Thoughts and finds 2

January 7, 2020 at 7:00 pm (By Amba) (, )

It’s actually funny to read grave and somber reports of world leaders “tweeting” threats at each other.

power tries to blind us to our power.” But, without being too starry-eyed, there are other models for human civilization than “the rule of men, the rule of profit, and the soul-crushing rule of religion (true idolatry),” models we don’t know enough about. So says a man whose young sweetheart was abducted and murdered decades ago, and who went on to study and write about Minoan civilization.

You may be tired of my flogging Claire Berlinski, and I wouldn’t blame you—she’s an odd taste even for me—but trust me, or don’t, there are good things in this post.

  1. Her first instincts are hawkish and she started out exulting on Twitter about Soleimani’s death, the first thing Trump had done that she agreed with. But she’s drastically toned that down as the shadow of possible consequences has lengthened over her. This post does a great job of enumerating all the salient factors that NOBODY KNOWS.
  2. She asked readers to free-associate the first five words that come to mind about the decade just past. And she publishes lots of the results. Try it yourself, if you like, before you read them. Mine were: Robots in all Christmas windows (That was when I knew in my gut that we’ve gone down the wrong road.)

Not interested in recaps (of more than five words), not interested in predictions. We have seen and we will see.

There is a book called Patriotic Gore. (I remembered only the title, so had to look it up. It’s by Edmund Wilson and is a study of the literature of the Civil War. Wilson served in the ambulance corps in France in WWI and ever after was as antiwar as it gets: opposing U.S. entry into WWII, calling postwar America “the United States of Hiroshima,” and refusing to pay his taxes.)

Probably because of that book title, the word “patriotic” itself has always been gory to me. It is red and black, like fresh and clotted blood. It has an aorta of vowels in its heart spelling “riot.”

I had no air conditioner my first summer in New York, 1968. I’d sit on the fire escape to cool off, and the Puerto Rican granddads in their sleeveless undershirts sat out on the sidewalk below, on folding chairs. 12th Street between A and B, before the East Village drowned in drugs. It was just a family neighborhood, but I dreamt of corpses laid out in rows on the sidewalk at night, their blood, darker than the dark, running down to the street. (Vietnam.) This song is the sound of that summer to me: sweaty flesh and the undirected yearning of new adulthood.

Morning rituals: Feed and clean up after the cats; sit down with breakfast; look at the weather app, look at the newsletters. Is it going to snow today? Is the world going to end today? Things it’s useful to know as you plan your day.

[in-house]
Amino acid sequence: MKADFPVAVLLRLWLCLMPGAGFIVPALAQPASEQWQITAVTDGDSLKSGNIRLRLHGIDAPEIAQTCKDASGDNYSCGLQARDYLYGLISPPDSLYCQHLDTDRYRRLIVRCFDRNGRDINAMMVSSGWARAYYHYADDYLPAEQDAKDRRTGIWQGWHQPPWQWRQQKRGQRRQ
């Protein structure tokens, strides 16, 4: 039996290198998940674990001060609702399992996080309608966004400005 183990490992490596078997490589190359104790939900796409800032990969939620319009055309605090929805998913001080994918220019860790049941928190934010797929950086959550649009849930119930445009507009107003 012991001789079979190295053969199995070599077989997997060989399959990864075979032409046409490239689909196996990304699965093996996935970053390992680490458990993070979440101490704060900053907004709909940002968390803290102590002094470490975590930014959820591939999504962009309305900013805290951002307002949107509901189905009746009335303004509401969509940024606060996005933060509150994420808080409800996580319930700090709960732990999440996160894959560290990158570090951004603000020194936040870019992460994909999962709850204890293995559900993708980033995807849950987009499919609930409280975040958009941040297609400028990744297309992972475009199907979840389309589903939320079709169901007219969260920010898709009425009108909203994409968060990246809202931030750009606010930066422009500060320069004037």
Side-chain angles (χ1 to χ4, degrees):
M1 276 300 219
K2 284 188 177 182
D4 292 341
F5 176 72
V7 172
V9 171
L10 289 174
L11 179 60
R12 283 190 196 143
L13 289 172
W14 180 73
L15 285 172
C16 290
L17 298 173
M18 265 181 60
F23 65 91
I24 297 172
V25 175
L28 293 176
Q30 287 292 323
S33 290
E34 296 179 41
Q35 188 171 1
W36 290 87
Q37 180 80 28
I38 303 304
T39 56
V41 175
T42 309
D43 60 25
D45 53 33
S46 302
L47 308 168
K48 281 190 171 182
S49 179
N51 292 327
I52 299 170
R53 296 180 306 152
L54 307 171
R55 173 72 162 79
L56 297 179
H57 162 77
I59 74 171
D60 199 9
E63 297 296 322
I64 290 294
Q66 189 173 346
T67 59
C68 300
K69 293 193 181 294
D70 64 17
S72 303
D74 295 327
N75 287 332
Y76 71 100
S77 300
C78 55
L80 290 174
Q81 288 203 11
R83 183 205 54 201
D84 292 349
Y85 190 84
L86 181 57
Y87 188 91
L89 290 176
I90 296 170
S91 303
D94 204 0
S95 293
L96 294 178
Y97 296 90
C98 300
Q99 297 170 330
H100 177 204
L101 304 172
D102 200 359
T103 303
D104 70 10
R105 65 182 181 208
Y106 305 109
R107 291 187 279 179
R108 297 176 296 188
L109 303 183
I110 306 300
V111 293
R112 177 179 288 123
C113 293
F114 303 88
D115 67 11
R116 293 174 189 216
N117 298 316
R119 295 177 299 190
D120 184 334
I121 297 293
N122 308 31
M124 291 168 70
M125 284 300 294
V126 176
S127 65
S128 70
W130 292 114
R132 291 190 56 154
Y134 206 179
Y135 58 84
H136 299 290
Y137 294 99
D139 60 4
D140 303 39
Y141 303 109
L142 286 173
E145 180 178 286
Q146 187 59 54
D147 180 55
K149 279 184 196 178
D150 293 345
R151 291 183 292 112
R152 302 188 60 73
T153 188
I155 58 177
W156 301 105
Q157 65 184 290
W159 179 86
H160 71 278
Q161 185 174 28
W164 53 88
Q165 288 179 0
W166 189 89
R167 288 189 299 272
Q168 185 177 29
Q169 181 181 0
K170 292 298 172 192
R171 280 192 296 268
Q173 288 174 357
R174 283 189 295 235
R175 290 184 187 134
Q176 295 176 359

(Reading the news feels to me like a survival instinct—a useless vestige of the prompt to scan for predators before you came out of your cave. That instinct was aimed at local threats you could actually do something to prevent or avoid. Robbed of any immediate, actionable object, vigilance becomes chronic anxiety and scanning the news becomes an addiction. Rolf Dobelli thinks we should quit.)

Another beautiful song. Maybe this one is the sound of now. I don’t know, but I’m playing it over and over.

1 Comment

  1. Polly said,

    [Minoans, their “Sea Peoples” cultures, Etruscans, and Native Americans endured far longer than anything familiar taught in schools, Rome included. Yes, they knew how to fight. More importantly, they showed what humans can build on the fact that there is Plenty For Everybody (and there still is) on this planet.]

    It’s a lot easier to be (relatively) peaceful when human population is limited. The competition for land, and food, is much less intense.

    Population began exploding thanks to agriculture, and the result was ever more intense warfare. Marx thought religion was the cause of war, and Freud thought it was some destructive instinct. No, the main cause of war has always been territorial, protecting boundaries.

    We protect boundaries because that is how nature works. We are tribal, because we must live in sub-groups. We have nations, because tribes band together for military strength. We are patriotic, because otherwise we would not defend our boundaries.

    Boundaries are an essential fact of nature. Every cell in our body has a boundary, and our life depends on that.

    We know all this in software development also. Complex programs have to be divided into sub-programs, and they have to be hierarchical, and there must be boundaries between the components. Software tries to imitate nature, because nature knows the best ways of doing things.

    If human population continues to explode, there will NOT be enough for everyone. And even if it levels off, it’s still way too much. There will always be competition. And unless or until our civilization destroys itself, technology will make competition ever more deadly.

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